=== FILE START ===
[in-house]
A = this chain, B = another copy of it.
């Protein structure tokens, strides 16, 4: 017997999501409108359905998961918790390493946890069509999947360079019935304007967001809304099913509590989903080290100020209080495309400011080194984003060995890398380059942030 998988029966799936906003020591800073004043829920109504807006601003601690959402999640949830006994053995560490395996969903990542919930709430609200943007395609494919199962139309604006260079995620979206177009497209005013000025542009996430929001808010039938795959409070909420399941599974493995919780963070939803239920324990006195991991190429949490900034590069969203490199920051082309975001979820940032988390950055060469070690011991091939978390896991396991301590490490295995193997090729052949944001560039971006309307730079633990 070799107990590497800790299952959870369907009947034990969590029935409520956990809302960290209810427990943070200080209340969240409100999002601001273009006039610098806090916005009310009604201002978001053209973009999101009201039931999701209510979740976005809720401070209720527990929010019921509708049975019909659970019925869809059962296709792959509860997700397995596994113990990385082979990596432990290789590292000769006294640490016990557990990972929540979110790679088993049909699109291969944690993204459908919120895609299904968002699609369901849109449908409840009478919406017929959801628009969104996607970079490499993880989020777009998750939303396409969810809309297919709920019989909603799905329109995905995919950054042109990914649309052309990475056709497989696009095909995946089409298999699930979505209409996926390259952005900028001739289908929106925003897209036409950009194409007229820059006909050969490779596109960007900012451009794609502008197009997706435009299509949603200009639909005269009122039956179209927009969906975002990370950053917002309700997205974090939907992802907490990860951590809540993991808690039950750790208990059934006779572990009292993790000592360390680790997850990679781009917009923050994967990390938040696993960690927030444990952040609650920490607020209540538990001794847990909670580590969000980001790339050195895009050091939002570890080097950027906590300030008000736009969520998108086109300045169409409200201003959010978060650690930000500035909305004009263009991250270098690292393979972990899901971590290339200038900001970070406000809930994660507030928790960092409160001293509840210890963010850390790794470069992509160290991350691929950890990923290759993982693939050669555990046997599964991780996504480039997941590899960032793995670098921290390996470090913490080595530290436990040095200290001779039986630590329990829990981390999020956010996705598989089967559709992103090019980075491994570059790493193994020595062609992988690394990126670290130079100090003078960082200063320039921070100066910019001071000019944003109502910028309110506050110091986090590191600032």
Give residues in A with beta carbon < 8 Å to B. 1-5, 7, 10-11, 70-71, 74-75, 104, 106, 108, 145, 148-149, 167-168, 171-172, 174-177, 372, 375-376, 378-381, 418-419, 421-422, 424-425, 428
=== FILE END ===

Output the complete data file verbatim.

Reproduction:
[in-house]
A = this chain, B = another copy of it.
């Protein structure tokens, strides 16, 4: 017997999501409108359905998961918790390493946890069509999947360079019935304007967001809304099913509590989903080290100020209080495309400011080194984003060995890398380059942030 998988029966799936906003020591800073004043829920109504807006601003601690959402999640949830006994053995560490395996969903990542919930709430609200943007395609494919199962139309604006260079995620979206177009497209005013000025542009996430929001808010039938795959409070909420399941599974493995919780963070939803239920324990006195991991190429949490900034590069969203490199920051082309975001979820940032988390950055060469070690011991091939978390896991396991301590490490295995193997090729052949944001560039971006309307730079633990 070799107990590497800790299952959870369907009947034990969590029935409520956990809302960290209810427990943070200080209340969240409100999002601001273009006039610098806090916005009310009604201002978001053209973009999101009201039931999701209510979740976005809720401070209720527990929010019921509708049975019909659970019925869809059962296709792959509860997700397995596994113990990385082979990596432990290789590292000769006294640490016990557990990972929540979110790679088993049909699109291969944690993204459908919120895609299904968002699609369901849109449908409840009478919406017929959801628009969104996607970079490499993880989020777009998750939303396409969810809309297919709920019989909603799905329109995905995919950054042109990914649309052309990475056709497989696009095909995946089409298999699930979505209409996926390259952005900028001739289908929106925003897209036409950009194409007229820059006909050969490779596109960007900012451009794609502008197009997706435009299509949603200009639909005269009122039956179209927009969906975002990370950053917002309700997205974090939907992802907490990860951590809540993991808690039950750790208990059934006779572990009292993790000592360390680790997850990679781009917009923050994967990390938040696993960690927030444990952040609650920490607020209540538990001794847990909670580590969000980001790339050195895009050091939002570890080097950027906590300030008000736009969520998108086109300045169409409200201003959010978060650690930000500035909305004009263009991250270098690292393979972990899901971590290339200038900001970070406000809930994660507030928790960092409160001293509840210890963010850390790794470069992509160290991350691929950890990923290759993982693939050669555990046997599964991780996504480039997941590899960032793995670098921290390996470090913490080595530290436990040095200290001779039986630590329990829990981390999020956010996705598989089967559709992103090019980075491994570059790493193994020595062609992988690394990126670290130079100090003078960082200063320039921070100066910019001071000019944003109502910028309110506050110091986090590191600032």
Give residues in A with beta carbon < 8 Å to B. 1-5, 7, 10-11, 70-71, 74-75, 104, 106, 108, 145, 148-149, 167-168, 171-172, 174-177, 372, 375-376, 378-381, 418-419, 421-422, 424-425, 428